The average commute of a tour guide in Nicaragua. Image courtesy of Paige Trubatch.
This time last year I was giddy with anticipation and nerves as I packed my bags to live and work in León, Nicaragua for half a year as a volcano-trekking guide with the nonprofit hostel Sonati. I clocked my final retail hours at the mall to return to a city I love for my fourth and longest stay. My time would be filled with challenges and vulnerability, balanced with a healthy dose of celebration rum and salsa music.
At the end of my time in the “Land of Lakes and Volcanos,” I came away with a unique knowledge base of the natural world. For you Go Girls who prefer your travels with an Indiana Jones edge, here are some of the most popular treks I led as a guide.
Sonati Hostel in León, Nicaragua. Images courtesy of Paige Trubatch.
Only One Way Down: Cerro Negro
Cerro Negro is an easy, half-day trip perfect for those on a tight travel itinerary and adrenaline junkies. It was my favorite trip to do as a guide.
As the youngest, most active volcano in Nicaragua’s Los Maribios volcanic chain, future eruptions may alter the “black hill” in such a way as to make this particular trip “a limited time offer.” You see, once you hike up Cerro Negro (an easy to moderate 45 minutes to the top), there’s only one way down. And that is to run, run like Forrest Gump, or to sled at full speed in a sexy protective volcano boarding getup.
As your guide, I loved the moment we’d finally see the volcano in the distance, with but a little scratch down the side, and I’d let you know that that was how we were coming down. Inevitably, several “What you talkin’ bout, Willis?” glances would shoot my way as we drew closer. I loved the moment I’d take photos of my group as they each whizzed past me on the side of the ashen volcano, so in the moment. I was thrilled to see they had overcome that twinge of fear to embrace this experience of a lifetime, dirt in teeth and all. It was wonderful.
Cerro Negro volcano boarding. Images courtesy of Paige Trubatch.
Sinkholes and Swimming Holes: Las Pilas – El Hoyo
Moderate, Two Days
Las Pilas – El Hoyo is located in the same park as Cerro Negro, and, because of this, more experienced trekkers often like to combine the two trips into an overnight excursion to both volcanos.
El Hoyo (The Hole) refers to a collapsed magma chamber on the side of the volcano, which is to say an impressive and rocky sinkhole. Set up camp a bit further down from this point for sweeping views of Lake Managua and Momotombo, another more challenging volcano off in the distance.
The appeal of El Hoyo on a dusty trek during the dry season (January – May) is the promise of a swim in the cool, crisp waters of Laguna Asososca towards the end of the second day. From the crater lake, where you’ll stop for lunch and a dip before the final leg of the hike to the bus stop, El Hoyo is visible to give you some perspective on just how far you’ve come and how you’ve earned a refreshing break.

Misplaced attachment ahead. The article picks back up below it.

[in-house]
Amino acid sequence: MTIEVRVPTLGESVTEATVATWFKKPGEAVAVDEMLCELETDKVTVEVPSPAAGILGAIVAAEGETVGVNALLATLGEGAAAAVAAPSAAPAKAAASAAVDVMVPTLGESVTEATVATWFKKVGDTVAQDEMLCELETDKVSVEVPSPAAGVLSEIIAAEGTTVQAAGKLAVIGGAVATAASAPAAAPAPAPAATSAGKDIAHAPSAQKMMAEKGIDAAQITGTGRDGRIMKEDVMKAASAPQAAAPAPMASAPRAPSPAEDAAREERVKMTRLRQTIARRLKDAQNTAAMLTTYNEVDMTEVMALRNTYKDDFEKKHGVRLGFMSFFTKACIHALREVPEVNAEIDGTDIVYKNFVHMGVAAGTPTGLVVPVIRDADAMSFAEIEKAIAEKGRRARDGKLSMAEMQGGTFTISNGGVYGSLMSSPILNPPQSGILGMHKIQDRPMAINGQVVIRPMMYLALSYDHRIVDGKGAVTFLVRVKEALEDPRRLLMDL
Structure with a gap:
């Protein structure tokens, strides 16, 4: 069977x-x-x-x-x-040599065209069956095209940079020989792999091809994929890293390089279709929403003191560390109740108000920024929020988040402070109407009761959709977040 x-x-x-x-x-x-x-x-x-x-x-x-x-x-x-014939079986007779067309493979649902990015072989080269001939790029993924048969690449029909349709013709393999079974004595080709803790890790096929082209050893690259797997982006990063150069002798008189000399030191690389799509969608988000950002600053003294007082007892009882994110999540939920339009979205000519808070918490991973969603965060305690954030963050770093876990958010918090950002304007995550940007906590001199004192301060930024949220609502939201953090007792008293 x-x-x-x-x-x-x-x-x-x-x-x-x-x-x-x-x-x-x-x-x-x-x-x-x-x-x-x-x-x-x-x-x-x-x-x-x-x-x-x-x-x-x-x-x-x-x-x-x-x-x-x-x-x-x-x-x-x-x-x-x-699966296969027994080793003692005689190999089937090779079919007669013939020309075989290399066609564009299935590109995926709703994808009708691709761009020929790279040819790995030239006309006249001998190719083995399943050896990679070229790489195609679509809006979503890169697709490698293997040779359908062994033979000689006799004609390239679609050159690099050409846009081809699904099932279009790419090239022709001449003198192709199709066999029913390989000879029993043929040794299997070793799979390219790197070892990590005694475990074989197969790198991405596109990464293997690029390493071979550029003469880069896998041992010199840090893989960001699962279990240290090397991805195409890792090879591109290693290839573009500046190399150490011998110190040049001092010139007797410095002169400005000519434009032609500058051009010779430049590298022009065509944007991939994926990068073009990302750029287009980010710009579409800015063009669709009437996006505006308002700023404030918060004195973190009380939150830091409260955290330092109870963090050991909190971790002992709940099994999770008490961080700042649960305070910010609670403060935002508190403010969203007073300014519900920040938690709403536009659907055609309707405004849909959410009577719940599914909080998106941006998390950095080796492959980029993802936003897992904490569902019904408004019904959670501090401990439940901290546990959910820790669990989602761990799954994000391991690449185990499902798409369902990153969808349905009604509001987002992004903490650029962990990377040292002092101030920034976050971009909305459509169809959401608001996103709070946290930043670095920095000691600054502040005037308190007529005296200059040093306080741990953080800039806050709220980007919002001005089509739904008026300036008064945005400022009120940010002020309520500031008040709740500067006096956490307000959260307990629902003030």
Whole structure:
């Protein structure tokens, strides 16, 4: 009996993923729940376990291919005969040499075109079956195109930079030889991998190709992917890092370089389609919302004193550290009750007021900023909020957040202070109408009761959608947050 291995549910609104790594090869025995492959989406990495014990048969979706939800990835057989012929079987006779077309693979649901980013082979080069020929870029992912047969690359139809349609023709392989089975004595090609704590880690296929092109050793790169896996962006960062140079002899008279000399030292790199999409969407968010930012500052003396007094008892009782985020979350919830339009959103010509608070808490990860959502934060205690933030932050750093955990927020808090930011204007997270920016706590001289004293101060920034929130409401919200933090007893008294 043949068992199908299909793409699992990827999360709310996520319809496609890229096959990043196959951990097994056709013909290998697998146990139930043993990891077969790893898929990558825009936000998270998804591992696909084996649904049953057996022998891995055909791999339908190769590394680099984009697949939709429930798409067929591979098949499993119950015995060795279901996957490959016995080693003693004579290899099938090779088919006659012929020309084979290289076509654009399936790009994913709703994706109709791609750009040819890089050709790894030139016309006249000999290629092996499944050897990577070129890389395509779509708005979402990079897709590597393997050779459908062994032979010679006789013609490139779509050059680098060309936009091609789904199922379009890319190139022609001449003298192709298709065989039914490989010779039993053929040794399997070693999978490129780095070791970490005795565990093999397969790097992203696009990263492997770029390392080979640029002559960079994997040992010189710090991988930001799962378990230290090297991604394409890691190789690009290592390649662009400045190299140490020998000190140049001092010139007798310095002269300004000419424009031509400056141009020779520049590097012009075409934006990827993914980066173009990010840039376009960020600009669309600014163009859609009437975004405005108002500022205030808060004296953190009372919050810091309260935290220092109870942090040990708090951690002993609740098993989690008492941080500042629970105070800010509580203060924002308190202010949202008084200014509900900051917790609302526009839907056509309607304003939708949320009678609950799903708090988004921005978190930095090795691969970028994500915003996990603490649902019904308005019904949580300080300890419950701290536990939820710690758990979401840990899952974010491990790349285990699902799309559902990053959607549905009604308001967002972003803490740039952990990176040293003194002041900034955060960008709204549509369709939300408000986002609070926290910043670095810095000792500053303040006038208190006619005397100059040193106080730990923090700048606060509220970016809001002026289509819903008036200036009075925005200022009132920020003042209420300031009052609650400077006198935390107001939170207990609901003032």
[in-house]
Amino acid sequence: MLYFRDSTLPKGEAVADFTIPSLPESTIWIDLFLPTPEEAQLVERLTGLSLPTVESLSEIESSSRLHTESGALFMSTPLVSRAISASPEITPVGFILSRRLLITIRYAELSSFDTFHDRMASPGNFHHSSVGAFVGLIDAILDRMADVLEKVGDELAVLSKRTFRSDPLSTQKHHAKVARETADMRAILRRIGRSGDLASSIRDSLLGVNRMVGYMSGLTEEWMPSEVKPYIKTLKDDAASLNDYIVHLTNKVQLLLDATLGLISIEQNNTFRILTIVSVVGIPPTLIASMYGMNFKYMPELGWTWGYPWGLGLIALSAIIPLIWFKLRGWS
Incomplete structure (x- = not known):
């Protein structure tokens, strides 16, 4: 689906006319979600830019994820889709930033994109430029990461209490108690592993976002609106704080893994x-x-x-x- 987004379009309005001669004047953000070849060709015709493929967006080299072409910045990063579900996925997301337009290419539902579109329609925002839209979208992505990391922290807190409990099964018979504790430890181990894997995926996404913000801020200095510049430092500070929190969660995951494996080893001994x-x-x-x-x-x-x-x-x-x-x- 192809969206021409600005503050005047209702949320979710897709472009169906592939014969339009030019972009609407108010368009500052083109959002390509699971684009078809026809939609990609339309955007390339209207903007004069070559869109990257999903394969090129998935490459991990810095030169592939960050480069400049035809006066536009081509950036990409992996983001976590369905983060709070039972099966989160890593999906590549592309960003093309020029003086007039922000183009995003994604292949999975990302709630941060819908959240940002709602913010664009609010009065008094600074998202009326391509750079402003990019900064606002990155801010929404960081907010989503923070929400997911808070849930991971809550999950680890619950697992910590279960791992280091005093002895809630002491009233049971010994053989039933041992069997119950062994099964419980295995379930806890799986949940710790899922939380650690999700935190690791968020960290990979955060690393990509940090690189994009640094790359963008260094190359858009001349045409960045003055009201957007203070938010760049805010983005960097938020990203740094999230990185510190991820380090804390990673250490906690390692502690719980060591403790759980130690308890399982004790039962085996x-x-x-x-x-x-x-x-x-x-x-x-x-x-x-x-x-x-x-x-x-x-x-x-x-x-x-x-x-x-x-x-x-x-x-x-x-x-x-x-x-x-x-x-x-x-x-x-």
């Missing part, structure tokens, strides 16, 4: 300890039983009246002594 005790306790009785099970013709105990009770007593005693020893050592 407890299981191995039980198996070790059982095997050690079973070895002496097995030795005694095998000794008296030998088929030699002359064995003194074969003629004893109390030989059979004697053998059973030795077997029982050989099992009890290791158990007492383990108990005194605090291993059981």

Sonati staff and volunteer trek to El Hoyo. Images courtesy of Finn Thompson and Paige Trubatch.
Lava Lights: Telica
Moderate to Difficult, One or Two Days
Last but not least, Volcán Telica is the most popular trip (in addition to volcano boarding at Cerro Negro) for many of the hostels that do bookings around the city of León. The main selling point of a hike to Telica is that you can see lava: extremely hot rocks that glow a gorgeous bright red hue as you stand over the crater’s edge after dark. You can schedule a hike for either one or two days, though each comes with different perks and challenges to consider before hopping on the bus to begin your journey.
The one-day hike can be rough, as you complete the same 4.5-hour ascent to the volcano to relax and check out the crater after dark before returning back to the city shortly afterwards. What I loved about this trip in particular was the view of the city lights off in the distance as we made our way down. You can never underestimate the physicality of such a hike in a tropical, dry climate. That climate, however, provides some fantastic wildlife and plant opportunities (creepy crawlers, tropical birds, and gnarly trees) for breaks to cool down with frozen pineapple and chat about the natural habitat.
Though the two-day walk requires a certain measure of mental grit to push through, the campfire dinner and looming volcanic crater overhead make for an otherworldly night on Earth, where the stars are magnified in their proximity. After a hard day’s trek under a beating sun, the rest is welcome, and the sense of awe for this wild and unpredictable place is enough to make your weary bones feel strong.
Telica campsite. Images courtesy of Paige Trubatch.
Check back in the New Year, when I’ll introduce you to the delicious honey of a trailblazing beekeeper, a family of artisan potters near a crater lake, and a distillery tour of Nicaragua’s world-famous rum!